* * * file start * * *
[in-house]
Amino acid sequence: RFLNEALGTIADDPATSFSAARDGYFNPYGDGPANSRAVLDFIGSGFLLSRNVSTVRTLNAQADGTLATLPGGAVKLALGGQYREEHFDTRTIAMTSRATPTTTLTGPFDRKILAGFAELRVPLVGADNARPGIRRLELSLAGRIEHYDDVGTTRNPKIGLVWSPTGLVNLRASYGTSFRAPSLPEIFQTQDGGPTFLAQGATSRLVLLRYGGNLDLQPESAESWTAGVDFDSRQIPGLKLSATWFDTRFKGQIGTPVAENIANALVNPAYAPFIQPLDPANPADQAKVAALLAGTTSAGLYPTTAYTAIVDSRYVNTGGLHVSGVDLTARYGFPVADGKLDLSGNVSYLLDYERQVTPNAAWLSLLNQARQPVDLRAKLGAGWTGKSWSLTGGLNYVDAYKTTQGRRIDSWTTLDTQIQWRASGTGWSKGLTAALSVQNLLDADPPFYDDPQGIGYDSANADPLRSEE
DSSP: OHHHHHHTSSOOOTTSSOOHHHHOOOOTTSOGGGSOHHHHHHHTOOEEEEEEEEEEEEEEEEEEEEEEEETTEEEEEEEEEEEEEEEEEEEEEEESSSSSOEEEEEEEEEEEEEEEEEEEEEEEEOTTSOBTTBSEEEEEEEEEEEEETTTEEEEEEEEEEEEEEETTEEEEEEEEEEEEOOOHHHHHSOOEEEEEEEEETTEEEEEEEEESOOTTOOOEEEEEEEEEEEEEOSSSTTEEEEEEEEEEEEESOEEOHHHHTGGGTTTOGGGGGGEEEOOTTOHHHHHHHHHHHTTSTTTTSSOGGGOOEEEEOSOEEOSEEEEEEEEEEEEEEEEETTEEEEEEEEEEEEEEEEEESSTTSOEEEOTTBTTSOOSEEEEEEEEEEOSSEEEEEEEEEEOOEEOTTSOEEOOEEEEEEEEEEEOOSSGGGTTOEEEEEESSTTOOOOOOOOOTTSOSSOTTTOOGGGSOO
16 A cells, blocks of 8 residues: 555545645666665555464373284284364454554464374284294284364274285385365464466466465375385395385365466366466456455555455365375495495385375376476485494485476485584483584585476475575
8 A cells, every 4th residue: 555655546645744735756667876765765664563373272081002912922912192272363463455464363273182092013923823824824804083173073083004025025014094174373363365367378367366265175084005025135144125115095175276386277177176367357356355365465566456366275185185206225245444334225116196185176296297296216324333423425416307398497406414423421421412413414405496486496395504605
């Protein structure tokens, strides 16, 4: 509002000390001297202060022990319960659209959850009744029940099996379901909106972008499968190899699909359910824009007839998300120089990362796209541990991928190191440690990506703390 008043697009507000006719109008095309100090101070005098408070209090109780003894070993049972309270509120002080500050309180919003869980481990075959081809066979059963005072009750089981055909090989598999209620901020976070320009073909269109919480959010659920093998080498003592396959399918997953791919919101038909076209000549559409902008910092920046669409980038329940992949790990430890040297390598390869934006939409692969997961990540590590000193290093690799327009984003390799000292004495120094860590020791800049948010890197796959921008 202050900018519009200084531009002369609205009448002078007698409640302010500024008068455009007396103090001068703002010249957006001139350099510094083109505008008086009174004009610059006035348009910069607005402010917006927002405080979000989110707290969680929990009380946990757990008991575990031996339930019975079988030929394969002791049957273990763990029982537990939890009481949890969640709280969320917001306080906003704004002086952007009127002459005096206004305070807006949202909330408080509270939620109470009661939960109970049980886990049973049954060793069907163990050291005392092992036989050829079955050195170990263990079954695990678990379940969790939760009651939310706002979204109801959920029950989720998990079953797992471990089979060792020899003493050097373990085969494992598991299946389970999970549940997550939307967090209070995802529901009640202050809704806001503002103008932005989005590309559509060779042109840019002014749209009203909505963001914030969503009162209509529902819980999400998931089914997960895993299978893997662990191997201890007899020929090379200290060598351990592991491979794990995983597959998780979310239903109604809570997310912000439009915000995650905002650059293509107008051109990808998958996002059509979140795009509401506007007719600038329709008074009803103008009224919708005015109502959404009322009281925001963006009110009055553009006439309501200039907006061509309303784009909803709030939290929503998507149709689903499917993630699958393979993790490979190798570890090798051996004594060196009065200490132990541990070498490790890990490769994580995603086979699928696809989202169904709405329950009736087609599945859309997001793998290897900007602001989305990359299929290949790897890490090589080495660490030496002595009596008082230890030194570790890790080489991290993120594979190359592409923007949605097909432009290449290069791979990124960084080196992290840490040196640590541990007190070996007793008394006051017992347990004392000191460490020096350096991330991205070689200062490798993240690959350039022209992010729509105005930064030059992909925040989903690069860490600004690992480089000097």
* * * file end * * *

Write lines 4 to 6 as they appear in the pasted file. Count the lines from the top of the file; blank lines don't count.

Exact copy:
16 A cells, blocks of 8 residues: 555545645666665555464373284284364454554464374284294284364274285385365464466466465375385395385365466366466456455555455365375495495385375376476485494485476485584483584585476475575
8 A cells, every 4th residue: 555655546645744735756667876765765664563373272081002912922912192272363463455464363273182092013923823824824804083173073083004025025014094174373363365367378367366265175084005025135144125115095175276386277177176367357356355365465566456366275185185206225245444334225116196185176296297296216324333423425416307398497406414423421421412413414405496486496395504605
């Protein structure tokens, strides 16, 4: 509002000390001297202060022990319960659209959850009744029940099996379901909106972008499968190899699909359910824009007839998300120089990362796209541990991928190191440690990506703390 008043697009507000006719109008095309100090101070005098408070209090109780003894070993049972309270509120002080500050309180919003869980481990075959081809066979059963005072009750089981055909090989598999209620901020976070320009073909269109919480959010659920093998080498003592396959399918997953791919919101038909076209000549559409902008910092920046669409980038329940992949790990430890040297390598390869934006939409692969997961990540590590000193290093690799327009984003390799000292004495120094860590020791800049948010890197796959921008 202050900018519009200084531009002369609205009448002078007698409640302010500024008068455009007396103090001068703002010249957006001139350099510094083109505008008086009174004009610059006035348009910069607005402010917006927002405080979000989110707290969680929990009380946990757990008991575990031996339930019975079988030929394969002791049957273990763990029982537990939890009481949890969640709280969320917001306080906003704004002086952007009127002459005096206004305070807006949202909330408080509270939620109470009661939960109970049980886990049973049954060793069907163990050291005392092992036989050829079955050195170990263990079954695990678990379940969790939760009651939310706002979204109801959920029950989720998990079953797992471990089979060792020899003493050097373990085969494992598991299946389970999970549940997550939307967090209070995802529901009640202050809704806001503002103008932005989005590309559509060779042109840019002014749209009203909505963001914030969503009162209509529902819980999400998931089914997960895993299978893997662990191997201890007899020929090379200290060598351990592991491979794990995983597959998780979310239903109604809570997310912000439009915000995650905002650059293509107008051109990808998958996002059509979140795009509401506007007719600038329709008074009803103008009224919708005015109502959404009322009281925001963006009110009055553009006439309501200039907006061509309303784009909803709030939290929503998507149709689903499917993630699958393979993790490979190798570890090798051996004594060196009065200490132990541990070498490790890990490769994580995603086979699928696809989202169904709405329950009736087609599945859309997001793998290897900007602001989305990359299929290949790897890490090589080495660490030496002595009596008082230890030194570790890790080489991290993120594979190359592409923007949605097909432009290449290069791979990124960084080196992290840490040196640590541990007190070996007793008394006051017992347990004392000191460490020096350096991330991205070689200062490798993240690959350039022209992010729509105005930064030059992909925040989903690069860490600004690992480089000097």